Pass on the positives
- Credit: Archant
That blessed day has finally arrived — I have passed my driving test!
I am in a state of utter euphoria and bliss. Nothing (not much anyway) can put me in a bad mood at the moment and, not to put too fine a point on it, but it is as if a great weight has been lifted from my shoulders.
Let me tell you how it all came to pass. I arrived in Clacton on Sea to take my practical driving test feeling a bit downtrodden. I just could not bear to drag my husband, eight-year-old son and eight-month-old baby over to Clacton only to hear the same words for the seventh time, ‘I am sorry to tell you that you have not passed today’.
I got into the car and started the engine with a heavy heart. Don’t get your hopes up, Sybilla, I told myself. A lunatic could run across the road and you could fail in an instant. As fate would have it, the next 40 minutes (though not faultless) were without the incriminating major fault. When I heard the words, ‘I am sure you will be very pleased to hear that you have passed,’ I had to resist hugging the examiner, as you might imagine.
My instructor, Sue, was in tears and when we emerged into Clacton station she asked me if we were going to pretend that I had failed. No, was my answer, ‘That poor man (my husband) has suffered enough’. I could not bear for him to be in any doubt for a moment longer than necessary, so when he and I caught eye contact, I did a big thumbs up. Sue says she has never seen a reaction like it. He jumped in the air and ran around shouting, ‘Yes, yes,’ like a madman!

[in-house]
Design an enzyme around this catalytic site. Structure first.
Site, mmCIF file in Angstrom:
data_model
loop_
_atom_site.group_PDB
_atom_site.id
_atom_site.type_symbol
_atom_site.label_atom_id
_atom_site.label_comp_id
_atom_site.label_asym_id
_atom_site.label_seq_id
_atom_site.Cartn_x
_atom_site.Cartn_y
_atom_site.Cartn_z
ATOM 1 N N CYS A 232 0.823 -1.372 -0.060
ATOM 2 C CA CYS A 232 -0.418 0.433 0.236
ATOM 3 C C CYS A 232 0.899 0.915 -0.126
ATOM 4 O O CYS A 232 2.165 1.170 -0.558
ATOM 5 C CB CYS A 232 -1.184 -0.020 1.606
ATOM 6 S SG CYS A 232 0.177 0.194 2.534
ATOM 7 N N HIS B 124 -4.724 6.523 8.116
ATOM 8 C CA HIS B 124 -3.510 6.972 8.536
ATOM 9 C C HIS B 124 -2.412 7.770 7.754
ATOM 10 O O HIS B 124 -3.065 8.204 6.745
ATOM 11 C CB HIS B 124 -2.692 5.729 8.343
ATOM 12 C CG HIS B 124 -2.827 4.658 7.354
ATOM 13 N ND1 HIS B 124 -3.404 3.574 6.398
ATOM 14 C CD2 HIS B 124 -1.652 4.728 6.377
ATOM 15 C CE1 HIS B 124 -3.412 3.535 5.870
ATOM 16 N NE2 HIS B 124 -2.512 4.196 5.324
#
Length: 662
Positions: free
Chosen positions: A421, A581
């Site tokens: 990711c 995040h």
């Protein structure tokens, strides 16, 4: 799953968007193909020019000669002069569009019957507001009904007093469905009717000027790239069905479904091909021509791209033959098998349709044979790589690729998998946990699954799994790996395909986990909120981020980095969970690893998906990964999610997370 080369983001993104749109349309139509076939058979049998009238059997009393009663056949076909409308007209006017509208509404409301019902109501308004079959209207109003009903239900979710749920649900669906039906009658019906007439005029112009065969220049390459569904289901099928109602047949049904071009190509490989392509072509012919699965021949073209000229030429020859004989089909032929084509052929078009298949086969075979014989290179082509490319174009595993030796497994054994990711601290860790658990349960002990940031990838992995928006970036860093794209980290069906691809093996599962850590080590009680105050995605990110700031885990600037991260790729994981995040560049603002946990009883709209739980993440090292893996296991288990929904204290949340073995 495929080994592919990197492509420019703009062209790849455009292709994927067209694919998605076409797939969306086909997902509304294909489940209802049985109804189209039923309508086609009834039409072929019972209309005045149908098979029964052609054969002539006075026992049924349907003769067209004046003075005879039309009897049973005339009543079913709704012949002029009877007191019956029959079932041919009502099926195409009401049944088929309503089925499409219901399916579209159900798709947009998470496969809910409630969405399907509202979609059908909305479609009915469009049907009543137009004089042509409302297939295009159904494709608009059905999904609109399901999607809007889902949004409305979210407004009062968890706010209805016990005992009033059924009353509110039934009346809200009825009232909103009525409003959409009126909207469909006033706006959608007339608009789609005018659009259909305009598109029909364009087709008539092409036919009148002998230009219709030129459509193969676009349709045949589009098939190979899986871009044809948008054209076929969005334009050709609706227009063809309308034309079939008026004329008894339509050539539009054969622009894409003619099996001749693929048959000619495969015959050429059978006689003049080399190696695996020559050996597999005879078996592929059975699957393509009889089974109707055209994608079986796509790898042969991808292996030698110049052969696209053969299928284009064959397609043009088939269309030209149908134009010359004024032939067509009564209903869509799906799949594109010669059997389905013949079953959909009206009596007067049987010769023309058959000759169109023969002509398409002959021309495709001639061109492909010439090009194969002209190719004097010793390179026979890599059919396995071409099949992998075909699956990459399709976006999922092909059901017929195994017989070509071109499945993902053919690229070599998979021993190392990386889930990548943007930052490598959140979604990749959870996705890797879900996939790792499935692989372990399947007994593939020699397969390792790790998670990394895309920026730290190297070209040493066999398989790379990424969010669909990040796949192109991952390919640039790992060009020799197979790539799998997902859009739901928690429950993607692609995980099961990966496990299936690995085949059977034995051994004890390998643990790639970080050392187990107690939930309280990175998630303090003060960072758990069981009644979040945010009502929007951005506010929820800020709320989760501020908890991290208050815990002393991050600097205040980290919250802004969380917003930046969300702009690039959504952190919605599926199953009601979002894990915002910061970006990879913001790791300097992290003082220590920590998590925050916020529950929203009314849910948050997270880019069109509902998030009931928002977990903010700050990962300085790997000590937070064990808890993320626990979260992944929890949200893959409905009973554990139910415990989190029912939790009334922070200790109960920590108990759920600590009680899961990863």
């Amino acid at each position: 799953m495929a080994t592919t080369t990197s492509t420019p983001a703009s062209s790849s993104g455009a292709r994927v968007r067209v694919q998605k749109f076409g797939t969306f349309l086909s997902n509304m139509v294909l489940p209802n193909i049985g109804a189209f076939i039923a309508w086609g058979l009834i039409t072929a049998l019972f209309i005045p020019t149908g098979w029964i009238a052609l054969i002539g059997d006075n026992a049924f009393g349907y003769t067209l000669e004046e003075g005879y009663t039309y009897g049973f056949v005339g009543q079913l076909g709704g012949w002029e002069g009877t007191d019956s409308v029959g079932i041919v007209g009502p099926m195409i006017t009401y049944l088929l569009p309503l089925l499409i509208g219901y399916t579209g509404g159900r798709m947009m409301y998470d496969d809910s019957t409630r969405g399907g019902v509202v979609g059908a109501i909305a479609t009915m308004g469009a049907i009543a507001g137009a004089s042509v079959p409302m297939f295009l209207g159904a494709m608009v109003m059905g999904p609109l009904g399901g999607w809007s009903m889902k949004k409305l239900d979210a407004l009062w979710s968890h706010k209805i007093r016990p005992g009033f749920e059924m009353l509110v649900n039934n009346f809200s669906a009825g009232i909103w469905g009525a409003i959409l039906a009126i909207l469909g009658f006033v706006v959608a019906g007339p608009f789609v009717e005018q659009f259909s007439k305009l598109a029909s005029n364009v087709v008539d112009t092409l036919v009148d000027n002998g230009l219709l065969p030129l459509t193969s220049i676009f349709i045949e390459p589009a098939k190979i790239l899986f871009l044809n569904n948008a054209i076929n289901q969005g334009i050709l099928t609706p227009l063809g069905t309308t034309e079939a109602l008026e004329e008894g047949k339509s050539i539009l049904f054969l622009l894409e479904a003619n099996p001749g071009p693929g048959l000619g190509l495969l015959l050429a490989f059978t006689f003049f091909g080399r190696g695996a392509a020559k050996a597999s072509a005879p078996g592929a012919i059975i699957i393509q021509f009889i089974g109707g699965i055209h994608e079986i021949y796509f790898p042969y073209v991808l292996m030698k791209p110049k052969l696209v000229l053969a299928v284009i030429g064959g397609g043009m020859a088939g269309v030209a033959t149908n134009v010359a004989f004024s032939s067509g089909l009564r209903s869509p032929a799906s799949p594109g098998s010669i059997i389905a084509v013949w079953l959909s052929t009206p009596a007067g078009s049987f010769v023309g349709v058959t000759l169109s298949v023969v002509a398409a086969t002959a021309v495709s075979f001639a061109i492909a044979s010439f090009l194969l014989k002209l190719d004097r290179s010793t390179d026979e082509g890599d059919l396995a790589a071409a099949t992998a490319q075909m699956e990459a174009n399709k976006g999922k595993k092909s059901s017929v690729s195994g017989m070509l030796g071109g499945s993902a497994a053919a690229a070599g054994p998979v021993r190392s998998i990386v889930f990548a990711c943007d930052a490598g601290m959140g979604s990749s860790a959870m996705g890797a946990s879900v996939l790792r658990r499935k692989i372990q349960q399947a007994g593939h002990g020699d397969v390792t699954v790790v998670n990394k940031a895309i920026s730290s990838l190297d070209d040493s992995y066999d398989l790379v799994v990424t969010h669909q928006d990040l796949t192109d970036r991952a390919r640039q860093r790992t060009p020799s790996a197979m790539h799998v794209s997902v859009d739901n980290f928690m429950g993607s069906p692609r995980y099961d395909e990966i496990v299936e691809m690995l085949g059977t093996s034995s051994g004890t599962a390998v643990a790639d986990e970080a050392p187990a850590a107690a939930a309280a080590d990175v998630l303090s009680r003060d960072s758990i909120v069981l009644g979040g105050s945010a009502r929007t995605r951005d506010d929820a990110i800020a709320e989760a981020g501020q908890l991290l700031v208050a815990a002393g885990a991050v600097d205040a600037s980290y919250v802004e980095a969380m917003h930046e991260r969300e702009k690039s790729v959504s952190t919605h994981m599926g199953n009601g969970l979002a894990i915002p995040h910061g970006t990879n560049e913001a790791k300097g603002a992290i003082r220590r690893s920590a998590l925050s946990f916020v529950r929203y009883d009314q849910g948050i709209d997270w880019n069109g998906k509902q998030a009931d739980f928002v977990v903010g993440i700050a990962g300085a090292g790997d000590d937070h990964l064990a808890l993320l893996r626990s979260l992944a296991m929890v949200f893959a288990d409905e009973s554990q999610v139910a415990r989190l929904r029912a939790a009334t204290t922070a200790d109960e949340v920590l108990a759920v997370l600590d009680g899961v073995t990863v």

So, one week on and how does it feel? Good, though the news and the reality of it are still sinking in. I drove to a birthday party without having to drag my poor long-suffering husband along, I did nearly two weeks of the school run and I visited Earls Colne solo! I quickly slotted in to my newfound position as driver.
Everyone keeps asking if I am nervous, and let me tell you, when you have had as many lessons as I have had, the answer is not really. Of course I am not driving around the rural lanes of the Colne Valley as if I own them, but I am not being too mouse-like about it all either. People say that you only really learn to drive when you have passed your test. This is true. I am now reversing without a running commentary from the person in the passenger seat, which is such a novelty and a good one at that!
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I cannot quite believe that there will be no more traipsing over to Clacton on a Friday morning, booking driving tests, taxis and organising endless and complex lift shares with very kind fellow parents. At long last I can get on with my life in rural Essex. I want to thank everyone who has joined me on this journey. Although I wasn’t sure if we ever would, we got there in the end!